Precipitation samples are gathered when sufficient precipitation occurs to allow for the collection of the minimum sample volume of approximately 50 mL (Figure 11). Samples are taken of monthly composites from Idaho Falls, and weekly (when available) from the EFS on the INL Site and Atomic City and Howe on the INL Site boundary. These are the same locations that atmospheric moisture samples are collected at. Precipitation samples are analyzed for tritium. Storm events in the second quarter of 2018 produced sufficient precipitation to yield 28 samples.
Tritium was measured above the 3s values in all of the 28 samples. These results are listed in Table C-5 (Appendix C). Low levels of tritium exist in the environment at all times as a result of cosmic ray reactions with water molecules in the upper atmosphere. Long-term data collected around the globe since 1961 by the International Atomic Energy Agency suggest that that tritium levels have steadily decreased since the Nuclear Test Ban Treaty in 1963 and are close to their pre-nuclear test values (Cauquoin et al. 2015) and that there are no longer remnants of fallout from nuclear weapons testing. When detected, tritium values have remained well within the historical range and the range measured across the country by the EPA Radnet program (EPA 2018). Most samples have values up to about 150 pCi/L, with occasional values ranging up to about 300-400 pCi/L. The maximum value in the second quarter was 299 pCi/L in an Atomic City sample collected on May 2.
Drinking water samples were collected at eight locations (plus a duplicate). A control sample of bottled water was also prepared. Surface water samples were collected at three Thousand Springs locations. All samples were analyzed for gross alpha, gross beta, and tritium. Locations are shown in Figure 12 and results are listed in Table C-6 of Appendix C.
Gross alpha activity was detected in two of the 10 drinking water samples (Craters of the Moon and the Rest Area duplicate samples) and in one of the three surface water samples. Gross beta activity was detected in nine of the 10 drinking water samples (all except the control), and in all three of the surface water samples. All concentrations were generally similar to previous results from drinking and surface water sampling. Natural levels of radioactive decay products of thorium and uranium exist in the Snake River Plain Aquifer and are the likely source of the measured concentrations. The highest reported value was 6.8 pCi/L in the sample from Alpheus Spring near Twin Falls. This location has historically shown the highest levels of natural activity.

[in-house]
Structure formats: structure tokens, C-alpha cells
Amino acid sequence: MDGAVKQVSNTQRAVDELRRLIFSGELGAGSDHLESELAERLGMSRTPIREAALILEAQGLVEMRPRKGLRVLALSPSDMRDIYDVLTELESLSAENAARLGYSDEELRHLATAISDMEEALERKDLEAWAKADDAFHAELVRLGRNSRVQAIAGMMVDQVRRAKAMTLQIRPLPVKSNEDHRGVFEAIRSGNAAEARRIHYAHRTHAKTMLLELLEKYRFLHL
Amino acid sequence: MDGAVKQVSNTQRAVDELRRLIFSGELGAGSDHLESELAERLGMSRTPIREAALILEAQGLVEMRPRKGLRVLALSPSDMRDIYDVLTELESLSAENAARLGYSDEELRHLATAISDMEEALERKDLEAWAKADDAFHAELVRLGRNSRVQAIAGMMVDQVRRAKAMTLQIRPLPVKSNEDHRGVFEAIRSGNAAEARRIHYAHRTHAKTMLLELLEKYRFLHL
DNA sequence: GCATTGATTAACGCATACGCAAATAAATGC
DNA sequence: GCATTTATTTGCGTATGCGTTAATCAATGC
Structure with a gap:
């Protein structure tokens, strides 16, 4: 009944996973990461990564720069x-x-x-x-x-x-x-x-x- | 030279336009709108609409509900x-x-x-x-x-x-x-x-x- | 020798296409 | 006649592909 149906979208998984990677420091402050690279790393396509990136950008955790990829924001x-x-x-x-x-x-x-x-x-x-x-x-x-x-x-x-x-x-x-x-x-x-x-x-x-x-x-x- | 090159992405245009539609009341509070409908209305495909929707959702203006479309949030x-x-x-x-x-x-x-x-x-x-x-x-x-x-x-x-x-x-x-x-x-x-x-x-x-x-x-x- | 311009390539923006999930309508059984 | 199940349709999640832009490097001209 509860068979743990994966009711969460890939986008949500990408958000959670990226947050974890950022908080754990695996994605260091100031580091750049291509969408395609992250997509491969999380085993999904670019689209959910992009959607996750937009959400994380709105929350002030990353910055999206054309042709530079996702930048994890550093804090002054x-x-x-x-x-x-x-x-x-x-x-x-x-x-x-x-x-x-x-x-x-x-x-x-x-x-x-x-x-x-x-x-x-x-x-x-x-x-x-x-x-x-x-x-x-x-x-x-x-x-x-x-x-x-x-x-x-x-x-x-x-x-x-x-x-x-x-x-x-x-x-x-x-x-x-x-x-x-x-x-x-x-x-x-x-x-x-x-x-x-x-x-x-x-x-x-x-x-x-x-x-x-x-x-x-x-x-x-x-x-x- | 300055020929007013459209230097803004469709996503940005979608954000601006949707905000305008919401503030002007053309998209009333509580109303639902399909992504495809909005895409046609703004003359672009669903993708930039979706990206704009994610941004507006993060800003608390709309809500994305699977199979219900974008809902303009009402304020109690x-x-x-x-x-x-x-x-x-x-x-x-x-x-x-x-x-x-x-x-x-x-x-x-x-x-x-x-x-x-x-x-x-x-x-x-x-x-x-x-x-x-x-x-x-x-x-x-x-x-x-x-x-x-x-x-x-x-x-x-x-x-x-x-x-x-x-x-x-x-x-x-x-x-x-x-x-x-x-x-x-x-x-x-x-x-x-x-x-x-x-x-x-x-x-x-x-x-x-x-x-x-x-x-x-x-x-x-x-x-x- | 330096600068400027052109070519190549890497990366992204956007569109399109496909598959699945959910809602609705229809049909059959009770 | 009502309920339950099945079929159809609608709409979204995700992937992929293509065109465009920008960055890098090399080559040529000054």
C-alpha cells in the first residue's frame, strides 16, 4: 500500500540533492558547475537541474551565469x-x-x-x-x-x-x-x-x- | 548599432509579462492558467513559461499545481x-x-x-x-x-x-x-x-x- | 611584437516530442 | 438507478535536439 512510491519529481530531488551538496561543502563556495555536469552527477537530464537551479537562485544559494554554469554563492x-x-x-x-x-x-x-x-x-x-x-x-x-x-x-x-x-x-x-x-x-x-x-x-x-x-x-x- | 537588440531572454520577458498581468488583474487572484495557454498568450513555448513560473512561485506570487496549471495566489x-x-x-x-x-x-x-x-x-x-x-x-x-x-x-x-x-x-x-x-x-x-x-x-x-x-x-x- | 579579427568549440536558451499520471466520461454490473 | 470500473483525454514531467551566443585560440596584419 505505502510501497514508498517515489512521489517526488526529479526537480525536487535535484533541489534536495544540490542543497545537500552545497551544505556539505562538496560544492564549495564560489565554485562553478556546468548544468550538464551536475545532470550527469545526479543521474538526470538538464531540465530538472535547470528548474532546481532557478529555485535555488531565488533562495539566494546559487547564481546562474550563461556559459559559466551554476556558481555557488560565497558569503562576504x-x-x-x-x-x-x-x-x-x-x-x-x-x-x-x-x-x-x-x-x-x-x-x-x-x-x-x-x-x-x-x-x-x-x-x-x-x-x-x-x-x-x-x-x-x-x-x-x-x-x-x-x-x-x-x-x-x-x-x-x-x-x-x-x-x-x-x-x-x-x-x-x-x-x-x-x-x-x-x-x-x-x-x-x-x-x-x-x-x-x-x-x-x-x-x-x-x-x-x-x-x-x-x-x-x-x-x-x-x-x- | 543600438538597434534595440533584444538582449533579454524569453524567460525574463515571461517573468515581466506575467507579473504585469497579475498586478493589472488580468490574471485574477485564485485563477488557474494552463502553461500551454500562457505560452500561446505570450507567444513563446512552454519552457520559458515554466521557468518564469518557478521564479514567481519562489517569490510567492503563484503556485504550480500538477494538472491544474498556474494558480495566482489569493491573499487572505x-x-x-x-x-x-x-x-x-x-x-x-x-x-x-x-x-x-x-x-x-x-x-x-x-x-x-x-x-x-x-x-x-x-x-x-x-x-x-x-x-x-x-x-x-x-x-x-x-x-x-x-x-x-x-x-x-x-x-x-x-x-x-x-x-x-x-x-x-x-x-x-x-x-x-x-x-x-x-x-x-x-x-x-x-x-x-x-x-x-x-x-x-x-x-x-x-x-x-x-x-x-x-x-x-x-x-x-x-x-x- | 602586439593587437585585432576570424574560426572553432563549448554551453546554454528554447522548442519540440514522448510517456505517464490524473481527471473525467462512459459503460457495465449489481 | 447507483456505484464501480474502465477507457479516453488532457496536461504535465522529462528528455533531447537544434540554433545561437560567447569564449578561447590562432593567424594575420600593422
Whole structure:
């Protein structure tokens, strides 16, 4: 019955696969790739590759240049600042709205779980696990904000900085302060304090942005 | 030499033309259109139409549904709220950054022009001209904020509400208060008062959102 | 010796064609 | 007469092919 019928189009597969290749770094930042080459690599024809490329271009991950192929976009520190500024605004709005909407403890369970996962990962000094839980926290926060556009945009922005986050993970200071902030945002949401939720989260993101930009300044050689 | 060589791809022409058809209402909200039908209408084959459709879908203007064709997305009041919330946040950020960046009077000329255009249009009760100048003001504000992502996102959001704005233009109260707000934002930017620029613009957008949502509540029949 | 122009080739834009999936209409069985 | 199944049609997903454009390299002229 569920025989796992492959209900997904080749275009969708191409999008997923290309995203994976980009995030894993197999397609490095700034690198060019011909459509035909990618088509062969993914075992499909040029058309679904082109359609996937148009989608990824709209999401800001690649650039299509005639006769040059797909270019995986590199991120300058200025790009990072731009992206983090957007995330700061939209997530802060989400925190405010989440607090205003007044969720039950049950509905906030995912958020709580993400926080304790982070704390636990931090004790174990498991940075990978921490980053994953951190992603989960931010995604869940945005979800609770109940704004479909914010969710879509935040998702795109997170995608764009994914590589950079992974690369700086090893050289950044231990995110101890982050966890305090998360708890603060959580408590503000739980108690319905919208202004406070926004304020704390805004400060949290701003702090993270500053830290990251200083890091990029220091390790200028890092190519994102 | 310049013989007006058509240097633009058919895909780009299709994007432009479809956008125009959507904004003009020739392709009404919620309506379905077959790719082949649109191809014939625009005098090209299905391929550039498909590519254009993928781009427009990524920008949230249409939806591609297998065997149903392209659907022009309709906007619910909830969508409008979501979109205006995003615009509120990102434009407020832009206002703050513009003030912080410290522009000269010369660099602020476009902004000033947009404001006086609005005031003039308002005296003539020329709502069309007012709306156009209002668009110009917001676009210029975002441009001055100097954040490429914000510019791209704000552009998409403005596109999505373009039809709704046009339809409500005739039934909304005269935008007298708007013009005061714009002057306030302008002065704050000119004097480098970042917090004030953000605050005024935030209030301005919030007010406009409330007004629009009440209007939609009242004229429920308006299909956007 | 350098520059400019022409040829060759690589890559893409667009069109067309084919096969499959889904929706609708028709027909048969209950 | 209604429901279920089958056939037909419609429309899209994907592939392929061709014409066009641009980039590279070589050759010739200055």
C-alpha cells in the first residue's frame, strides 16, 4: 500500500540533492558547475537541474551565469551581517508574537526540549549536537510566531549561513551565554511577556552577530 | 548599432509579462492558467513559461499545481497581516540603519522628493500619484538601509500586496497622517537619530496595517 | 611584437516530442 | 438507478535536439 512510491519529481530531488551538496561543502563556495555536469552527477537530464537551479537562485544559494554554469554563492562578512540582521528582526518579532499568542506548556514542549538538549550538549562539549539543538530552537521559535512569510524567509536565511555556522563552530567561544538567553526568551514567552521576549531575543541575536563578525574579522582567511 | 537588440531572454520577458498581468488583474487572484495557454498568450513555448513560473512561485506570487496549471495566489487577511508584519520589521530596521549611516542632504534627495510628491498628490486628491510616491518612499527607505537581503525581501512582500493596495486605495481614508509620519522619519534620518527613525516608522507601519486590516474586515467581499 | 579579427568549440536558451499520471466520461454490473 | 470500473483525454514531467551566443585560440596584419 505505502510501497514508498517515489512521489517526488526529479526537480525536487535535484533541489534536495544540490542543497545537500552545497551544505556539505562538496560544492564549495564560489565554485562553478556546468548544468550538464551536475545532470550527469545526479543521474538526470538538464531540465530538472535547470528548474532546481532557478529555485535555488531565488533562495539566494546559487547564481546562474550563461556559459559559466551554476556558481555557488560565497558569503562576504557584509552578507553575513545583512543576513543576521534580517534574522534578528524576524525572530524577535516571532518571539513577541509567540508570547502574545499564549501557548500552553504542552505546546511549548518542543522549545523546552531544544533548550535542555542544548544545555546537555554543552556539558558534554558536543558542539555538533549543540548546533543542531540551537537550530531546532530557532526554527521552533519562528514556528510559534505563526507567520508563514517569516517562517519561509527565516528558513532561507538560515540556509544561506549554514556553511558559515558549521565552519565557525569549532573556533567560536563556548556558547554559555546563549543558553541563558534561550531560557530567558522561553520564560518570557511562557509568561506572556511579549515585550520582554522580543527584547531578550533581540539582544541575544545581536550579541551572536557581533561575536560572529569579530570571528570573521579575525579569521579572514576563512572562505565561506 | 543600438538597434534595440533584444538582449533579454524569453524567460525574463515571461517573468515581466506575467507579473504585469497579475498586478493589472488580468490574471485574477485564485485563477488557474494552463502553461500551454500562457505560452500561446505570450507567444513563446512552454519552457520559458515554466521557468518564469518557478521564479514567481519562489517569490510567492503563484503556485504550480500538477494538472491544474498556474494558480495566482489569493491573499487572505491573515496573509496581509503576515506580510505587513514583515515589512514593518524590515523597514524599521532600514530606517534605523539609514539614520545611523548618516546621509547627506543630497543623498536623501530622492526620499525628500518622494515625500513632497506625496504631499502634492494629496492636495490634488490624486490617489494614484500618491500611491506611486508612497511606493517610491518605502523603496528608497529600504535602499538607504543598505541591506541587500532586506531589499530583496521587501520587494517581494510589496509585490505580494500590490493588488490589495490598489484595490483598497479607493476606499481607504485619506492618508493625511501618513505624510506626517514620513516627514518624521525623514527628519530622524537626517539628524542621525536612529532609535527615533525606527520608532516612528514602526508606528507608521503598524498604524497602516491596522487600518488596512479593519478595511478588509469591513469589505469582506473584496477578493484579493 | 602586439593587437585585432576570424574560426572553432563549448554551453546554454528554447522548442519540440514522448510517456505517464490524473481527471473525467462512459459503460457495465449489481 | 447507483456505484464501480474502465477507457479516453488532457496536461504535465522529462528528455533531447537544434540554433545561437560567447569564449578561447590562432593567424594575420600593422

Tritium was also detected in three of the 10 drinking water samples and one of the three surface water samples. The concentrations were similar to those found in atmospheric moisture and precipitation samples and were consistent with previous results. The maximum value was 209 pCi/L at Minidoka. The results are well below the DCS of 1.9 x 106 pCi/L for tritium in drinking water.
The Big Lost River (BLR) flowed on the INL Site during the second quarter. Samples were collected during April and June at five locations (plus a duplicate). A control sample was collected from Birch Creek. All samples were analyzed for gross alpha, gross beta, tritium, and gamma-emitting radionuclides. Results are listed in Table C-7 of Appendix C and include two collection events, one in May and one in June.
Gross alpha activity was detected in ten of fourteen samples. The highest reported gross alpha value was 6.94 pCi/L in a duplicate sample from the BLR at NRF. Gross beta activity was detected in twelve of the samples. The highest reported gross beta value was 11.4 pCi/L in a duplicate sample from BLR at NRF. Concentrations were generally similar to previous results from the BLR sampling. Tritium was detected in nine samples from the BLR. The highest reported value was 136 pCi/L in the sample collected at the Rest Area. Concentrations were similar to those found in atmospheric moisture and precipitation samples and were consistent with previous years.
Radiation has always been a part of the natural environment in the form of cosmic radiation, cosmogenic radionuclides [carbon-14 (14C), Beryllium-7 (7Be), and tritium (3H)], and naturally occurring radionuclides, such as potassium-40 (40K), and the thorium, uranium, and actinium series radionuclides which have very long half lives. Additionally, human-made radionuclides were distributed throughout the world beginning in the early 1940s. Atmospheric testing of nuclear weapons from 1945 through 1980 and nuclear power plant accidents, such as the Chernobyl accident in the former Soviet Union during 1986, have resulted in fallout of detectable radionuclides around the world. This natural and manmade global fallout radioactivity is referred to as background radiation. MORE
The primary concern regarding radioactivity is the amount of energy deposited by particles or gamma radiation to the surrounding environment. It is possible that the energy from radiation may damage living tissue. When radiation interacts with the atoms of a given substance, it can alter the number of electrons associated with those atoms (usually removing orbital electrons). This is called ionization. MORE